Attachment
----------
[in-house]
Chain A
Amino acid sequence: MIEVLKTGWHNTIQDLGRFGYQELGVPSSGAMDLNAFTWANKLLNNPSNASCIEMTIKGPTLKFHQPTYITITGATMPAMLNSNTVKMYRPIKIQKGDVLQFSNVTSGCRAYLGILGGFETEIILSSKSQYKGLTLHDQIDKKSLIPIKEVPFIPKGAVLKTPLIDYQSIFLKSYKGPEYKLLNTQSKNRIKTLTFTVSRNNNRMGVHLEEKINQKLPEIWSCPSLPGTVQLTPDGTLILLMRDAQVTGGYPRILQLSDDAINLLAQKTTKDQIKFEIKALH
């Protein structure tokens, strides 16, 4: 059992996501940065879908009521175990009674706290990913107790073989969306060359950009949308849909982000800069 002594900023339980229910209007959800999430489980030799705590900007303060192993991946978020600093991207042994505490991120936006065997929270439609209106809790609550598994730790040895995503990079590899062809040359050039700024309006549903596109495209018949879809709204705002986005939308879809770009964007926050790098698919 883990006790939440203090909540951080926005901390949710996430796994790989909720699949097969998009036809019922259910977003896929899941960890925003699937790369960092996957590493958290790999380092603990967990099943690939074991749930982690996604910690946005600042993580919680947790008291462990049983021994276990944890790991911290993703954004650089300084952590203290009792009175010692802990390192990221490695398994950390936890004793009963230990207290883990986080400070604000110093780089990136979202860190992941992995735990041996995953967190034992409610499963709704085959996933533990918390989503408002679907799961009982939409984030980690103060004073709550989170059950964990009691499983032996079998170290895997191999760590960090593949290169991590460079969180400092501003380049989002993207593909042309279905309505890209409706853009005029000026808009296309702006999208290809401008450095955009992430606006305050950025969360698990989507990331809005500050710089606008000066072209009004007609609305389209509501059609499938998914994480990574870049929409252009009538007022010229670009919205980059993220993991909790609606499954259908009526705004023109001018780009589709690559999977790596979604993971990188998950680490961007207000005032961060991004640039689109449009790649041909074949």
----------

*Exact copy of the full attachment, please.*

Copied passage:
[in-house]
Chain A
Amino acid sequence: MIEVLKTGWHNTIQDLGRFGYQELGVPSSGAMDLNAFTWANKLLNNPSNASCIEMTIKGPTLKFHQPTYITITGATMPAMLNSNTVKMYRPIKIQKGDVLQFSNVTSGCRAYLGILGGFETEIILSSKSQYKGLTLHDQIDKKSLIPIKEVPFIPKGAVLKTPLIDYQSIFLKSYKGPEYKLLNTQSKNRIKTLTFTVSRNNNRMGVHLEEKINQKLPEIWSCPSLPGTVQLTPDGTLILLMRDAQVTGGYPRILQLSDDAINLLAQKTTKDQIKFEIKALH
């Protein structure tokens, strides 16, 4: 059992996501940065879908009521175990009674706290990913107790073989969306060359950009949308849909982000800069 002594900023339980229910209007959800999430489980030799705590900007303060192993991946978020600093991207042994505490991120936006065997929270439609209106809790609550598994730790040895995503990079590899062809040359050039700024309006549903596109495209018949879809709204705002986005939308879809770009964007926050790098698919 883990006790939440203090909540951080926005901390949710996430796994790989909720699949097969998009036809019922259910977003896929899941960890925003699937790369960092996957590493958290790999380092603990967990099943690939074991749930982690996604910690946005600042993580919680947790008291462990049983021994276990944890790991911290993703954004650089300084952590203290009792009175010692802990390192990221490695398994950390936890004793009963230990207290883990986080400070604000110093780089990136979202860190992941992995735990041996995953967190034992409610499963709704085959996933533990918390989503408002679907799961009982939409984030980690103060004073709550989170059950964990009691499983032996079998170290895997191999760590960090593949290169991590460079969180400092501003380049989002993207593909042309279905309505890209409706853009005029000026808009296309702006999208290809401008450095955009992430606006305050950025969360698990989507990331809005500050710089606008000066072209009004007609609305389209509501059609499938998914994480990574870049929409252009009538007022010229670009919205980059993220993991909790609606499954259908009526705004023109001018780009589709690559999977790596979604993971990188998950680490961007207000005032961060991004640039689109449009790649041909074949």